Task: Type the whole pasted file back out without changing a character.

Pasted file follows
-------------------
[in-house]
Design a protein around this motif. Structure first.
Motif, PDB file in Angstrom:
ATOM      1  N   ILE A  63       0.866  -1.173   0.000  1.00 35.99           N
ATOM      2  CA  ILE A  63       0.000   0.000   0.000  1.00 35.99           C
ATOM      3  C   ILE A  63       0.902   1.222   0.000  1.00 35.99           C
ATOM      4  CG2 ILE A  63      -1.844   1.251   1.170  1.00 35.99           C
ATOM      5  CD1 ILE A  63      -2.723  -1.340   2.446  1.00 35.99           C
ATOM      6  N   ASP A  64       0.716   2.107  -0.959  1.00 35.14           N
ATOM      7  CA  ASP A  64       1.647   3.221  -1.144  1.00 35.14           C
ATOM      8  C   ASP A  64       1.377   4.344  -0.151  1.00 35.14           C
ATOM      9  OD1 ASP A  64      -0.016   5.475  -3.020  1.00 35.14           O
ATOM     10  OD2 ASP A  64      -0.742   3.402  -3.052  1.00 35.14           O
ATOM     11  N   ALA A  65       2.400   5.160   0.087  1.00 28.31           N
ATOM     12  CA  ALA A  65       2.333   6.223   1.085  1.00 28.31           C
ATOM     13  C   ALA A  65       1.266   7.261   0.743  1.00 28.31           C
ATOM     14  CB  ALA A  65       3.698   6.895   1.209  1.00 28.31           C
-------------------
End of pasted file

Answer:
[in-house]
Design a protein around this motif. Structure first.
Motif, PDB file in Angstrom:
ATOM      1  N   ILE A  63       0.866  -1.173   0.000  1.00 35.99           N
ATOM      2  CA  ILE A  63       0.000   0.000   0.000  1.00 35.99           C
ATOM      3  C   ILE A  63       0.902   1.222   0.000  1.00 35.99           C
ATOM      4  CG2 ILE A  63      -1.844   1.251   1.170  1.00 35.99           C
ATOM      5  CD1 ILE A  63      -2.723  -1.340   2.446  1.00 35.99           C
ATOM      6  N   ASP A  64       0.716   2.107  -0.959  1.00 35.14           N
ATOM      7  CA  ASP A  64       1.647   3.221  -1.144  1.00 35.14           C
ATOM      8  C   ASP A  64       1.377   4.344  -0.151  1.00 35.14           C
ATOM      9  OD1 ASP A  64      -0.016   5.475  -3.020  1.00 35.14           O
ATOM     10  OD2 ASP A  64      -0.742   3.402  -3.052  1.00 35.14           O
ATOM     11  N   ALA A  65       2.400   5.160   0.087  1.00 28.31           N
ATOM     12  CA  ALA A  65       2.333   6.223   1.085  1.00 28.31           C
ATOM     13  C   ALA A  65       1.266   7.261   0.743  1.00 28.31           C
ATOM     14  CB  ALA A  65       3.698   6.895   1.209  1.00 28.31           C